If you think about Hungarian meal, you will definitely think of a cooked dish with red color, thank to the widly used paprika. Why do Hungarians use so much paprika in their food, when the country is so far from Asia, where the chilli is so common, or South America, where the paprika is originally from? In the middle of Eastern Europe, it might be a bit strange, that paprika has become the most widely used vegetable and seasoning in our everyday life. We produce it in such a high quality, that Gordon Ramsey suggests to all food lovers to fill up your kitchen cabinet with the Hungarian paprika. Due to the favourable climate and soil, the quality of the Hungarian paprika is different from the others, it is more determinative, has a richer taste, and the color is bright red.
It has been a long time already since the first plants have arrived to the country. The production started in the 18th century, around Szeged. Szeged, Kalocsa and the great plain (the region has the most sunlight in the country) still is the most important paprika production area. It took only a little time to get to love the raw vegetable and also the dried grounded paprika. It even became a part of the Kalocsa folk motifs.
By the 19th century paprika had changed the whole Hungarian cuisine. We first started to use it instead of pepper ( first name was “törökbors”-“Turkish pepper”), and now it is common to season soups, vegetable dishes, curd, stews, open faced sandwiches and more, with dried grounded paprika. Due to its vitamin C content (the disovery for which Hungarian professor, Szent-Györgyi Albert received Nobel prize in 1937) it is also very healthy.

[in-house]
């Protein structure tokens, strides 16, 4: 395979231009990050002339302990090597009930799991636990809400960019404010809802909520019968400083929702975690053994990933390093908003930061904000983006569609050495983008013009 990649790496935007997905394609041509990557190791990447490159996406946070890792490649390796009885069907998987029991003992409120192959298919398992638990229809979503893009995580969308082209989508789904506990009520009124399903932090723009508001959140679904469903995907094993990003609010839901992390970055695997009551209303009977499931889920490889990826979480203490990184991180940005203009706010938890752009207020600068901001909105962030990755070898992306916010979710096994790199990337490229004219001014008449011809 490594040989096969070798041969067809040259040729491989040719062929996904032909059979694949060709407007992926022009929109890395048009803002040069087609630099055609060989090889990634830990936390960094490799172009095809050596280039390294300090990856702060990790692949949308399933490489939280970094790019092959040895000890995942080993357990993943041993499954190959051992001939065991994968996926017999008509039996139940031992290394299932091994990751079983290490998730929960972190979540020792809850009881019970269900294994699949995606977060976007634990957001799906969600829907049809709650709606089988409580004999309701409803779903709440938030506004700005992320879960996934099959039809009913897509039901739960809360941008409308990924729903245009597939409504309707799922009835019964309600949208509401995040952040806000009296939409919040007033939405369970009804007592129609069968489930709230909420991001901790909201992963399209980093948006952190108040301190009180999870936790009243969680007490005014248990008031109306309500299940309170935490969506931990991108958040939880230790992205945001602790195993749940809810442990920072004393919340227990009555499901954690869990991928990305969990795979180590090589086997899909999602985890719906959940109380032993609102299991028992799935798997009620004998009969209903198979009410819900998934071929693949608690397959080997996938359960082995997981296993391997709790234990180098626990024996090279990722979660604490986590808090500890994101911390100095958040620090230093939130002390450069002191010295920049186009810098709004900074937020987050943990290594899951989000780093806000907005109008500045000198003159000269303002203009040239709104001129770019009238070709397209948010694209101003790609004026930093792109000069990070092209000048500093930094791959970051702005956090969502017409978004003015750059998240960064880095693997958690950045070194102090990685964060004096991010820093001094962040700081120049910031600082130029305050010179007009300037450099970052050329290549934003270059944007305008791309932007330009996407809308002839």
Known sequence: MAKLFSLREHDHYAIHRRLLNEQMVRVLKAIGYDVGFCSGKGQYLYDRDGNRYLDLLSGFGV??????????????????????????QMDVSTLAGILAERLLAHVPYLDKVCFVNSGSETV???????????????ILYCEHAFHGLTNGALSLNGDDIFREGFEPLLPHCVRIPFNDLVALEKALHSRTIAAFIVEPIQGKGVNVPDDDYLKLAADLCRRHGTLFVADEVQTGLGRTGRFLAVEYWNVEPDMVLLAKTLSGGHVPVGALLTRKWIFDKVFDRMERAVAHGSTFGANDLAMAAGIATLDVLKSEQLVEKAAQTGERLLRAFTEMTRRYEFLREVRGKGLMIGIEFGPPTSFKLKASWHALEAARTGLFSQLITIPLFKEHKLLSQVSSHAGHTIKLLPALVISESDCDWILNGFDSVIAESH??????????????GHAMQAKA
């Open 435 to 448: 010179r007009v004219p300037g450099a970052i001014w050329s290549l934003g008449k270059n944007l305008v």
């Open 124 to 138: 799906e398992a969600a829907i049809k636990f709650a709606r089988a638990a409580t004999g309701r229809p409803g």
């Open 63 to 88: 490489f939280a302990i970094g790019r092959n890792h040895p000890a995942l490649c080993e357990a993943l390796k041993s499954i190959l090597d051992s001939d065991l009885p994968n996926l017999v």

On the current production area in the country, we produce the most variety of paprika types in Europe. Besides the popular use of grounded red paprika powder, the raw vegetable (green or red) is also served in many ways in Hungary: in salads, stuffed as a main dish, in pörkölt, lecsó, or paprikás as one of the main ingredients, pickled and more.
Paprika products are widely used in the Hungarian kitchen. Basically, you cannot find a family household, nor a restaurant without Erős Pista (from hot to very hot grounded red paprika, not dried), or Piros Arany (csemege or csípős – sweet or hot), these provide some extra seasoning to the dishes, if necessary, and simply makes our food more enjoyable.
The different grades of paprika are:
- Special quality (különleges) the mildest, very sweet with a deep bright red color
- Delicate (csípősmentes csemege) – color from light to dark red, a mild paprika with a rich flavor
- Exquisite delicate (csemegepaprika) – similar to delicate, but more pungent
- Pungent exquisite delicate (csípős csemege, pikáns) – an even more pungent version of delicate
- Rose (rózsa) – pale red in color with strong aroma and mild pungency
- Noble sweet (Édesnemes) – the most commonly exported paprika; bright red and slightly pungent
- Half-sweet (félédes) – a blend of mild and pungent paprikas; medium pungency
- Strong (erős) – light brown in color, the spiciest paprika (wikipedia)
In case you would like to know more about the Hungarian paprika, visit the Hungarian Paprika Museum, in Szeged:
Are you ready to try some delicious Hungarian dishes, seasoned with great quality Hungarian paprika?